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Review: A Wounded Name (Dot Hutchinson)

The Deets:
Audience: YA
Pages: 320
Publisher:
ISBN:
Genre: retelling (Shakespeare), paranormal
Source: eARC from Netgalley




A Wounded NameThere's a girl who could throw herself head first into life and forge an unbreakable name, an identity that stands on its own without fathers or brothers or lovers who devour and shatter.
I'VE NEVER BEEN THAT GIRL.
Sixteen-year-old Ophelia Castellan will never be just another girl at Elsinore Academy. Seeing ghosts is not a skill prized in future society wives. Even when she takes her pills, the bean sidhe beckon, reminding her of a promise to her dead mother.

Now, in the wake of the Headmaster's sudden death, the whole academy is in turmoil, and Ophelia can no longer ignore the fae. Especially once she starts seeing the Headmaster's ghosts- two of them- on the school grounds.

At the center of her crumbling world is Dane, the Headmaster's grieving son. He, too, understands the power of a promise to a parent- even a dead one. To him, Ophelia is the only person not tainted by deceit and hypocrisy, a mirror of his own broken soul. And to Ophelia, Dane quickly becomes everything. Yet even as she gives more of herself to him, Dane slips away. Consumed by suspicion, rage, and madness, he spirals towards his tragic fate- dragging Ophelia, and the rest of Elsinore, with him.
YOU KNOW HOW THIS STORY ENDS.
Yet even in the face of certain death, Ophelia has a choice to make- and a promise to keep. She is not the girl others want her to be. But in Dot Hutchison's dark and sensuous debut novel, the name "Ophelia" is as deeply, painfully, tragically real as "Hamlet".




Let me start by saying that this cover sucked me in. It's gorgeous! Then I read the summary and realized it was a retelling of Hamlet. I am a sucker for retellings of the classics. I love the fresh spins they bring when they are done correctly.

Unfortunately, I would not consider this one "done correctly." I tried. I truly did. I even made it to 81% complete before I just couldn't stand to read further. I finally gave up because, indeed, I do know how this story ends so I didn't feel the need to continue.

My biggest complaint with A Wounded Name was Ophelia herself. What an absolute mess. She took so much physical abuse from Hamlet that I found myself deeply annoyed with her. Maybe I was missing this whole victim mentality because that is not who I am, but it didn't seem right. He would choke her and leave bruises (and at times all but force himself on her) and she went along with it. She'd complain to herself about the abuse, but say she loved him soooo much that it was basically okay for him to do it because it was "her pain to carry"-- or some load of crap similar to that. All that being said, she came across as weak and pathetic. I read another retelling of Hamlet a few years back titled Ophelia that was incredible. That Ophelia was everything the foil to Hamlet should be. This mess of a girl was too pitiful to side with.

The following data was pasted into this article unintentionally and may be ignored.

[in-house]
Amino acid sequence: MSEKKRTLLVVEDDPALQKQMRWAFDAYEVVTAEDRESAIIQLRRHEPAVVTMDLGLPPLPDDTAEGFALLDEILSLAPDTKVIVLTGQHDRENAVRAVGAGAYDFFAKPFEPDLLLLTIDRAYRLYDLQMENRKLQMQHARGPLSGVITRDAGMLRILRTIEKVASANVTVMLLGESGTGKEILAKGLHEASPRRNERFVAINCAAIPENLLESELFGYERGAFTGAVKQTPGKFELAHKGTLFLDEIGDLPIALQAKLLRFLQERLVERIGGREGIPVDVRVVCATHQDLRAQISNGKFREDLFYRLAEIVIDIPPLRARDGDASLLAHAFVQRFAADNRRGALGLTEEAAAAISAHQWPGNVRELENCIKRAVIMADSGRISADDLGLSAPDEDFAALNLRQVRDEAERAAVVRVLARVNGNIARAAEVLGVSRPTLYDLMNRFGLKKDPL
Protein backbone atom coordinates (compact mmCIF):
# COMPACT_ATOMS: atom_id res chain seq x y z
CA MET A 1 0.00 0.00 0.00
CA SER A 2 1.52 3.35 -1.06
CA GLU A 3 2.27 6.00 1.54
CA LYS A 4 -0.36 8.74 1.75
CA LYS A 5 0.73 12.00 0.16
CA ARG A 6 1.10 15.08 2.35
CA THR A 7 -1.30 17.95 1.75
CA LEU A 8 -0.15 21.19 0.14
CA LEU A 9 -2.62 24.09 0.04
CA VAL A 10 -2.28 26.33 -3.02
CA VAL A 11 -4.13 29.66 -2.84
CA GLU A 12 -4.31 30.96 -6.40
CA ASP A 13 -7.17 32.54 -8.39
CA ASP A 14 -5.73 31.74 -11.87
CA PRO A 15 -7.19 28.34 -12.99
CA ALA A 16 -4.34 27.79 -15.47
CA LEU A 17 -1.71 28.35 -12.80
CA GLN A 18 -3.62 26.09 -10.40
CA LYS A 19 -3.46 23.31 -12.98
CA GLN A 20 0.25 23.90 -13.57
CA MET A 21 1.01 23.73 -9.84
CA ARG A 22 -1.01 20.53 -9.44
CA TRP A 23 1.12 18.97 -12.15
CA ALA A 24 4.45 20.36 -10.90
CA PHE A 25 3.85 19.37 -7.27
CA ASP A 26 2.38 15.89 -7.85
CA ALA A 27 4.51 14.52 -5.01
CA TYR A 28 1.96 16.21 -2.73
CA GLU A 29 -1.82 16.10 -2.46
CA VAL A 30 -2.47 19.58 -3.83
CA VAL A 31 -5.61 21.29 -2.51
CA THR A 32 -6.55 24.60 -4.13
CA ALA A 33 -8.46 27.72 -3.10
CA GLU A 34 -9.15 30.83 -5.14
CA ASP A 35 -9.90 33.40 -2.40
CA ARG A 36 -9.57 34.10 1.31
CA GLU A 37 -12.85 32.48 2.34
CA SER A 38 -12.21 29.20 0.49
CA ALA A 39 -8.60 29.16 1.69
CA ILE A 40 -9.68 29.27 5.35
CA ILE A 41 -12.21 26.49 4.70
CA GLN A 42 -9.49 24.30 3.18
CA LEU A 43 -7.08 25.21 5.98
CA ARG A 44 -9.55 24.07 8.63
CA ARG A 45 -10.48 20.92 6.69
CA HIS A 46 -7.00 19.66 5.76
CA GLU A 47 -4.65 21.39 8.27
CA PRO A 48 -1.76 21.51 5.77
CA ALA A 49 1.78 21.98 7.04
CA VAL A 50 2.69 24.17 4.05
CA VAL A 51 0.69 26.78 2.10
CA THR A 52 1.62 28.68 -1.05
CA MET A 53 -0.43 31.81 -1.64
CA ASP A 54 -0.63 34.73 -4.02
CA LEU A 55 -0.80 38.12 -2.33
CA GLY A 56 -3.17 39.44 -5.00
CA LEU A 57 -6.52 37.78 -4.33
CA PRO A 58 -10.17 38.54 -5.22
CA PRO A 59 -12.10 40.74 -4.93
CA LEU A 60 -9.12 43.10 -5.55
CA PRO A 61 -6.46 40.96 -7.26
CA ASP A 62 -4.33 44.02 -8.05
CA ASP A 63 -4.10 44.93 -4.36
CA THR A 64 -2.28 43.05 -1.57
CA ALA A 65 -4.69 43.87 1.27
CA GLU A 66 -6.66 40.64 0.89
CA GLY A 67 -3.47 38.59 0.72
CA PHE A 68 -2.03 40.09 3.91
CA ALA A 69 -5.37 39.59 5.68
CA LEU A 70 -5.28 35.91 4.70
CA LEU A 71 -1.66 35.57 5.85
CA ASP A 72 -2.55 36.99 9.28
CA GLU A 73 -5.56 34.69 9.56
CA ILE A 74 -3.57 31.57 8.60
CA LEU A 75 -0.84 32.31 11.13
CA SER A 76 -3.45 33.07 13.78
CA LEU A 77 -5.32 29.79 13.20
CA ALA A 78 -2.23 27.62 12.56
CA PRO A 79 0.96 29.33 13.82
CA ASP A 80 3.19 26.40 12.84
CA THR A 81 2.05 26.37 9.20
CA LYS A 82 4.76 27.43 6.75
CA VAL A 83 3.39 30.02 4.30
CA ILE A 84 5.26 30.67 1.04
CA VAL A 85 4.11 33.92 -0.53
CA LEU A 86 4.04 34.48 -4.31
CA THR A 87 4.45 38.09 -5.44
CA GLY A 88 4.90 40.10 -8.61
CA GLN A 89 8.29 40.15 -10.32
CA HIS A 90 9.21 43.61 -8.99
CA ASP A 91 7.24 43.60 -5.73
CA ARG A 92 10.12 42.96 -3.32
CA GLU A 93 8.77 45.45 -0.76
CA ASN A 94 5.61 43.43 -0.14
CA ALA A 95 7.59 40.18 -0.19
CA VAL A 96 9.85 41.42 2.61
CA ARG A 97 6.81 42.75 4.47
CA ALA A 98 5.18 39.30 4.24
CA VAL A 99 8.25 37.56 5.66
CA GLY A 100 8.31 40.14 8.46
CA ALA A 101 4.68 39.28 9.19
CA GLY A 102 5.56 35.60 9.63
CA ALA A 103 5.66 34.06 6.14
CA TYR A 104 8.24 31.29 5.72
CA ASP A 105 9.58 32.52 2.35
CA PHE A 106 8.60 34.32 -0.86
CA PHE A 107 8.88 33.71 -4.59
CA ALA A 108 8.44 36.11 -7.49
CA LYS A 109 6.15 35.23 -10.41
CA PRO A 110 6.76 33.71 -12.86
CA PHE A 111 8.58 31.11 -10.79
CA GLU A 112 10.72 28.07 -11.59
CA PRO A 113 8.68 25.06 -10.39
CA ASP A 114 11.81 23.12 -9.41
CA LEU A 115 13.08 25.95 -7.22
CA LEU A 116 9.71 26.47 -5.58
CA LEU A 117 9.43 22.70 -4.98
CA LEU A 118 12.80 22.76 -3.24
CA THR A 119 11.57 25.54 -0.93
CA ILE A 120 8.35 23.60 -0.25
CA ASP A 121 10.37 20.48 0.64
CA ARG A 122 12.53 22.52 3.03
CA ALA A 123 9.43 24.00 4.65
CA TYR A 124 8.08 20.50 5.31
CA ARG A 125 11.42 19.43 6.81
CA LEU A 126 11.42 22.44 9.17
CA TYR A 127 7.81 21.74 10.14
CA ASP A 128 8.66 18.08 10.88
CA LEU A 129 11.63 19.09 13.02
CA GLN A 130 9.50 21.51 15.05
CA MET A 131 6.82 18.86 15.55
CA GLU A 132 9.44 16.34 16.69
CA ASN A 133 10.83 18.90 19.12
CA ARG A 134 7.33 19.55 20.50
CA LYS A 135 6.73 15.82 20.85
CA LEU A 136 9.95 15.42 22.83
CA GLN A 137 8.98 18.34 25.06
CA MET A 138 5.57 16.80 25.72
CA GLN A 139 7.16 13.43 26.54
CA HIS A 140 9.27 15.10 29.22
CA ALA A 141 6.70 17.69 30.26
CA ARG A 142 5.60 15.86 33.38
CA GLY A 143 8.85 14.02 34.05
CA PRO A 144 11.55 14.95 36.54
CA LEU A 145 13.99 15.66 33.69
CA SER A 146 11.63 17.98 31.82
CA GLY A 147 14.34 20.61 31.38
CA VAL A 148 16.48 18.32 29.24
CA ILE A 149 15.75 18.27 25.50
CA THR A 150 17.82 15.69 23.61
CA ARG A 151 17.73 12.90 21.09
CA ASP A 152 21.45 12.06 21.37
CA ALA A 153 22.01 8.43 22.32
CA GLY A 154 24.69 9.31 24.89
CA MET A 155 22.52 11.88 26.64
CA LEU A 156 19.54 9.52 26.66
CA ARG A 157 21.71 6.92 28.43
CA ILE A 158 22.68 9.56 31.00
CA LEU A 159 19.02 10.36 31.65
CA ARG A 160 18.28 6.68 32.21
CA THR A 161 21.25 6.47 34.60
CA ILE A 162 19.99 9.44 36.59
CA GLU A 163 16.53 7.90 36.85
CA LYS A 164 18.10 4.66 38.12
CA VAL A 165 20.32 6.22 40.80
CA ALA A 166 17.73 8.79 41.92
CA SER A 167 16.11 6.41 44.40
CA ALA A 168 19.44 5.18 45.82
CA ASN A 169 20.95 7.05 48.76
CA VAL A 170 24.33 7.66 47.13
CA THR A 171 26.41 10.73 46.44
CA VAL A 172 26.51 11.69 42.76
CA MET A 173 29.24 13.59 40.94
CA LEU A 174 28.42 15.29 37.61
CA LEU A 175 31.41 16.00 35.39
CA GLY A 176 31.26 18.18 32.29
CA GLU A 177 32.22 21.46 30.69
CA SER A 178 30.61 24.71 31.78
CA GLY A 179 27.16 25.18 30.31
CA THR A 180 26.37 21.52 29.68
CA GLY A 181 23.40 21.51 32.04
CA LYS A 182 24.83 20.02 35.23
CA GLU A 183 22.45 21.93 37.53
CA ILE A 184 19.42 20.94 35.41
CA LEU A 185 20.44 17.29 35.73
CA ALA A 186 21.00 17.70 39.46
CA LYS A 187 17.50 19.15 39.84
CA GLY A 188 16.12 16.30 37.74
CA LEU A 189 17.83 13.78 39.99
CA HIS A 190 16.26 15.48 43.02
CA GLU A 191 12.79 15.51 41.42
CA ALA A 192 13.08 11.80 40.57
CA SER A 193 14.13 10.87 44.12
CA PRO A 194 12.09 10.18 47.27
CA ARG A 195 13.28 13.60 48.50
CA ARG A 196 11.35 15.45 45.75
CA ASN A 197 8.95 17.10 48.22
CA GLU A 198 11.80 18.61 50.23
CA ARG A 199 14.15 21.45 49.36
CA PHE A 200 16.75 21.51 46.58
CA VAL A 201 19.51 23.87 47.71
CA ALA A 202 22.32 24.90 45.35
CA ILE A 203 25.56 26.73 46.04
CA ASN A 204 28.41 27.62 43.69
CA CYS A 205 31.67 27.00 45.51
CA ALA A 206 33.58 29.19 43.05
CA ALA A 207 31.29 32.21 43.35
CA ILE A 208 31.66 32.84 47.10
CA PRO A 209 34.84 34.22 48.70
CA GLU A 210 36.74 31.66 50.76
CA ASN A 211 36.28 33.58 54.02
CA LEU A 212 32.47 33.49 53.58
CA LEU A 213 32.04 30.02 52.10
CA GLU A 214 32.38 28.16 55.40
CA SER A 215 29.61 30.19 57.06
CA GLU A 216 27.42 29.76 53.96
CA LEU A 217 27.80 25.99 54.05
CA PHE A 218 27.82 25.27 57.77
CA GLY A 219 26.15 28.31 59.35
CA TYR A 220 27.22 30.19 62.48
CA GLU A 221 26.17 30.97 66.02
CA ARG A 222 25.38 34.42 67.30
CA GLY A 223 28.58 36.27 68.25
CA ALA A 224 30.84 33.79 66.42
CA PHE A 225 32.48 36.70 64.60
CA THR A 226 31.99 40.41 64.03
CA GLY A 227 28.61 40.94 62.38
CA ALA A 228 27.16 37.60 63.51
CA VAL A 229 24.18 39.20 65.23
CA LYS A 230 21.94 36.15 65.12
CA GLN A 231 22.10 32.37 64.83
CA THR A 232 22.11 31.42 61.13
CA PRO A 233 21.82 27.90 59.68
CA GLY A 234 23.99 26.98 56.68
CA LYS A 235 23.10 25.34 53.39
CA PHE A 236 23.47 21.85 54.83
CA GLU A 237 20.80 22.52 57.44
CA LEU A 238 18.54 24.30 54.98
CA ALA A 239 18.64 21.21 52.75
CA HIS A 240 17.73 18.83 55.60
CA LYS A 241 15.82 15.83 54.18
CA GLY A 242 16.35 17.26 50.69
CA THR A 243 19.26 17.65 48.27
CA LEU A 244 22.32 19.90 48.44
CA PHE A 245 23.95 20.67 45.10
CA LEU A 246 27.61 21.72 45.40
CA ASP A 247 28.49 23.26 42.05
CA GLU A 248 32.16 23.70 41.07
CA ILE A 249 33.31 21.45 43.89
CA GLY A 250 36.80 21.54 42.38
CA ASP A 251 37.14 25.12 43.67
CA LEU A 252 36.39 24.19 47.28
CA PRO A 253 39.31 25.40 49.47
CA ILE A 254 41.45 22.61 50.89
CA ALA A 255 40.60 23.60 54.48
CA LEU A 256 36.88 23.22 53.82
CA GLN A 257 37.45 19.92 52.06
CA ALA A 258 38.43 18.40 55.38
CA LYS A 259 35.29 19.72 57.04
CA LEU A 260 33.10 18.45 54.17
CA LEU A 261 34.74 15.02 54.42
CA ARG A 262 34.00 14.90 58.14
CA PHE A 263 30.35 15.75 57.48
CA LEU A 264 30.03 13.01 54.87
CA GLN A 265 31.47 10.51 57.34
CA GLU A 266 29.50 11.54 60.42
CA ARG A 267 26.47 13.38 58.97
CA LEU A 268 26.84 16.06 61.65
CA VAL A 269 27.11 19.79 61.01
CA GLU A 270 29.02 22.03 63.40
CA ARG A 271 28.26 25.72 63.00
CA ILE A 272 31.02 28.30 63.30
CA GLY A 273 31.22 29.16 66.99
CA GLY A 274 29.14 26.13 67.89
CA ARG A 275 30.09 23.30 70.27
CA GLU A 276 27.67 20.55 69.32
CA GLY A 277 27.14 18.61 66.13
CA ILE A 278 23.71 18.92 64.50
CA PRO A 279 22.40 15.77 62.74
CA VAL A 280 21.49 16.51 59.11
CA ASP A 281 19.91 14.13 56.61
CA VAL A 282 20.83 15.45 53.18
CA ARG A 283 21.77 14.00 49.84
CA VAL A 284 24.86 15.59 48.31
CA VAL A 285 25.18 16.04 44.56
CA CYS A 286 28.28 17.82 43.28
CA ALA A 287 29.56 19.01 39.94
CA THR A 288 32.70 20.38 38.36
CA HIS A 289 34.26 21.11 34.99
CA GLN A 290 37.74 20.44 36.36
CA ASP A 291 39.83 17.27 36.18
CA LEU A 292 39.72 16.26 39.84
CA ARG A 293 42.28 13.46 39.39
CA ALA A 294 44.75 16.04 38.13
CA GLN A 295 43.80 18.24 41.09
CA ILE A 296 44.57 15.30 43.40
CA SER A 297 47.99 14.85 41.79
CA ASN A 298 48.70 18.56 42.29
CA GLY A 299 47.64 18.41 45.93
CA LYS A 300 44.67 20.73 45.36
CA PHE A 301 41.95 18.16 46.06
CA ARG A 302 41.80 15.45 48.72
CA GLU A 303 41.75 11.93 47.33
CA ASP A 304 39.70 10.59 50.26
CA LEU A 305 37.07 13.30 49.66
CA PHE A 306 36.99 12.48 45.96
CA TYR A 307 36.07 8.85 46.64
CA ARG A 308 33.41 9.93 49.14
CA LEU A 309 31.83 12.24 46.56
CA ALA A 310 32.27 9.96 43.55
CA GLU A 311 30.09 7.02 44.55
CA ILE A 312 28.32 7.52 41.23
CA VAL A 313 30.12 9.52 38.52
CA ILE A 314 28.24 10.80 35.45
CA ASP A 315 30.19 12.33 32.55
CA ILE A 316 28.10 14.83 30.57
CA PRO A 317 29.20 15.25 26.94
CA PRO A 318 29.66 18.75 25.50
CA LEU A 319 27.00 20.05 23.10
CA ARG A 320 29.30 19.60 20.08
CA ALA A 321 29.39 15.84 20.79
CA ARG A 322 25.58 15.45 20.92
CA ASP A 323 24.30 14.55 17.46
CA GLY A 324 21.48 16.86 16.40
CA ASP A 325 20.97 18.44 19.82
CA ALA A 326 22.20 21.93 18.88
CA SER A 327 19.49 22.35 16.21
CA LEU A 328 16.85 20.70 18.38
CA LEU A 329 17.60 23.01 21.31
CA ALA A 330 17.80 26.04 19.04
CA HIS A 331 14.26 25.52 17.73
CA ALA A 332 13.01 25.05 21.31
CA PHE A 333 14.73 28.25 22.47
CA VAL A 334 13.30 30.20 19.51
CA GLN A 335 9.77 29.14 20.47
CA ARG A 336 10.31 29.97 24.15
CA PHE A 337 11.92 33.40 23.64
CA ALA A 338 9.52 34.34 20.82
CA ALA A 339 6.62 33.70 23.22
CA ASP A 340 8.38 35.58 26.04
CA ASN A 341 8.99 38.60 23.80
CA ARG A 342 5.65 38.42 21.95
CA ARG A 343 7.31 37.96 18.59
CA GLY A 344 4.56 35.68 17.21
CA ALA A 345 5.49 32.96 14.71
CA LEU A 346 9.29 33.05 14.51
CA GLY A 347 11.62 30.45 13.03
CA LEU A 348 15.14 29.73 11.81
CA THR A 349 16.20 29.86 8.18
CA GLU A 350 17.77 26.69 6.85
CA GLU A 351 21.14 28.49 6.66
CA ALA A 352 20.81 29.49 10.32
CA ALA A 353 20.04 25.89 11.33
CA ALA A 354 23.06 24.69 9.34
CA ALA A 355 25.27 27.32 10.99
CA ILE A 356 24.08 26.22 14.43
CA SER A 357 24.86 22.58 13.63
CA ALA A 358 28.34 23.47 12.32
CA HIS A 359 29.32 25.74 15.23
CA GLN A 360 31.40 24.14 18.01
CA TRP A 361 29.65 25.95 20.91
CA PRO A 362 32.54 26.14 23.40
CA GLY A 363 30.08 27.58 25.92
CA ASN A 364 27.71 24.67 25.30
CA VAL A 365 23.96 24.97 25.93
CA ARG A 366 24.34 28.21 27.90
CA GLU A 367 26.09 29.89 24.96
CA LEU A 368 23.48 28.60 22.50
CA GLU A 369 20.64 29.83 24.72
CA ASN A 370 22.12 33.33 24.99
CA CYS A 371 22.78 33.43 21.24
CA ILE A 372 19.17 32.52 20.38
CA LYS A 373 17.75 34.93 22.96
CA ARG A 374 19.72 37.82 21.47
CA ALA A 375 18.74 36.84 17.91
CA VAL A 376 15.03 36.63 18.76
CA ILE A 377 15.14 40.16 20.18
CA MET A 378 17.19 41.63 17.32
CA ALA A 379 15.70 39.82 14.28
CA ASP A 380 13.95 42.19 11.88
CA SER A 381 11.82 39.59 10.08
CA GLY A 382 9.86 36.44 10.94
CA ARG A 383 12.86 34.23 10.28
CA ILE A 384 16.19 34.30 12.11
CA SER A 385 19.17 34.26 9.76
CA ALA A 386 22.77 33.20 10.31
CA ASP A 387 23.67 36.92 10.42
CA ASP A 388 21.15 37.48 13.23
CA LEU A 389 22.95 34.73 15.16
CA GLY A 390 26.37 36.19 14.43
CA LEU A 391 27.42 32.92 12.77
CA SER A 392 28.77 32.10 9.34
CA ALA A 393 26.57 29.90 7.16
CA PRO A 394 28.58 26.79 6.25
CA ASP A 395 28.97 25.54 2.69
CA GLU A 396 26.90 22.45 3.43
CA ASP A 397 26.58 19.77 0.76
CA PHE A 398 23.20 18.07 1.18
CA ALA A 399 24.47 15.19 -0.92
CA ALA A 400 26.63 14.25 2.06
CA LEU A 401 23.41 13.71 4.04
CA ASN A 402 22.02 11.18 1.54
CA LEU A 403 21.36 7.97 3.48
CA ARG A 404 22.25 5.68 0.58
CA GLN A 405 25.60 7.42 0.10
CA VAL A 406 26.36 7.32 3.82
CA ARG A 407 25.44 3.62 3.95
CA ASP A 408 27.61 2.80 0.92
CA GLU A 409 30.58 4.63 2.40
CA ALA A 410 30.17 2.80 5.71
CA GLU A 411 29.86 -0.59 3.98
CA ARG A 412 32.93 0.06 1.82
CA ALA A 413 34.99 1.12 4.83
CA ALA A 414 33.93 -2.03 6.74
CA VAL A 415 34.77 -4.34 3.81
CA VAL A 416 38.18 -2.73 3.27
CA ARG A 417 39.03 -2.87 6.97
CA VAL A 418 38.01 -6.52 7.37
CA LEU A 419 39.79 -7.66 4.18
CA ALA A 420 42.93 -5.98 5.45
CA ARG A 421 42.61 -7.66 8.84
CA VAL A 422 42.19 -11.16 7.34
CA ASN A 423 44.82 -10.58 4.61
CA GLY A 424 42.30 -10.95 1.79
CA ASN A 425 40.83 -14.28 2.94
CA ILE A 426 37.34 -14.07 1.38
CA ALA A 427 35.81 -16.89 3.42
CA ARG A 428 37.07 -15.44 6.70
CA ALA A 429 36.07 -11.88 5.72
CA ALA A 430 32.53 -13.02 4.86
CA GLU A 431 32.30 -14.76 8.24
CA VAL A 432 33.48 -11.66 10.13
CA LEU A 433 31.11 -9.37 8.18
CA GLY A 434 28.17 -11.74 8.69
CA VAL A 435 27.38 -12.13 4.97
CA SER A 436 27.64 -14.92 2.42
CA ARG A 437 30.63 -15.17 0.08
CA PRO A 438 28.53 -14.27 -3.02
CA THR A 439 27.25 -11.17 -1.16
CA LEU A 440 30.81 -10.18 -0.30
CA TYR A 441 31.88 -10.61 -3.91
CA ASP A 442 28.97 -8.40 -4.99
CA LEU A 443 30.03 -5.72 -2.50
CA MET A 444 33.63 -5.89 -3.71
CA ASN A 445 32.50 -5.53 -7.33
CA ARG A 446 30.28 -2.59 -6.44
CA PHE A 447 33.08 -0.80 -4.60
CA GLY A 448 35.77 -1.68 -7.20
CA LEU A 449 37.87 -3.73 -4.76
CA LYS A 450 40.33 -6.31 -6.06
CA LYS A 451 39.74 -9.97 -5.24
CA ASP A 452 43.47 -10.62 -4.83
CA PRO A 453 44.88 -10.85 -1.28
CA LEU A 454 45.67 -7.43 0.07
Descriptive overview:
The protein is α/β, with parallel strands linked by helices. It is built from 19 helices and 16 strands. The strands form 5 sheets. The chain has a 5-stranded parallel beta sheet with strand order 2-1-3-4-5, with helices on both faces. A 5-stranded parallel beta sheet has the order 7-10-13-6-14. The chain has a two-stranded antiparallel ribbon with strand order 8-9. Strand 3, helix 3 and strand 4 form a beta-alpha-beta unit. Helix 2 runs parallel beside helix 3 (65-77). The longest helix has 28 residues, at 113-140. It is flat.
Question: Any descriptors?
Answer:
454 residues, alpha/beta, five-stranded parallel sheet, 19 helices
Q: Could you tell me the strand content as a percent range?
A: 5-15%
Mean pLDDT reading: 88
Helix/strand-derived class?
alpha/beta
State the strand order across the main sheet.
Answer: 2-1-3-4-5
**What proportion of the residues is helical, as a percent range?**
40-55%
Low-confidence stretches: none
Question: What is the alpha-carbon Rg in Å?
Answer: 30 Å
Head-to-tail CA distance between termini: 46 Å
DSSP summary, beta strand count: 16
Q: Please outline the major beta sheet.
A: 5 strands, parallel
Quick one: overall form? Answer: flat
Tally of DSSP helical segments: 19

The writing also slowed me up at times. It was flowery and fluent, but also too much at times. I loved the poetic quality of some of the descriptions, but at times it seemed too long winded. I can say the author did a fine job of finding ways to use actual lines from the play in the book. Having them be spoken by Dane (aka Hamlet) during his bouts of craziness gave it a nice touch.

The paranormal element that was working in the story never fit for me. I see the ratings for the book are at 4.03 on Goodreads, so it obviously worked for others! I just don't know why I couldn't buy into it. Of course, I also did not finish this book so maybe I missed out on that critical piece. That may be too bad for me, because I have no plans to go back and finish those 50 or so remaining pages.
 

Comments

  1. Sorry this didn't really work for you-I remembered Ophelia/Hamlet's relationship as being pretty messed up in the play so I guess that helped it make sense in this context?

    ReplyDelete

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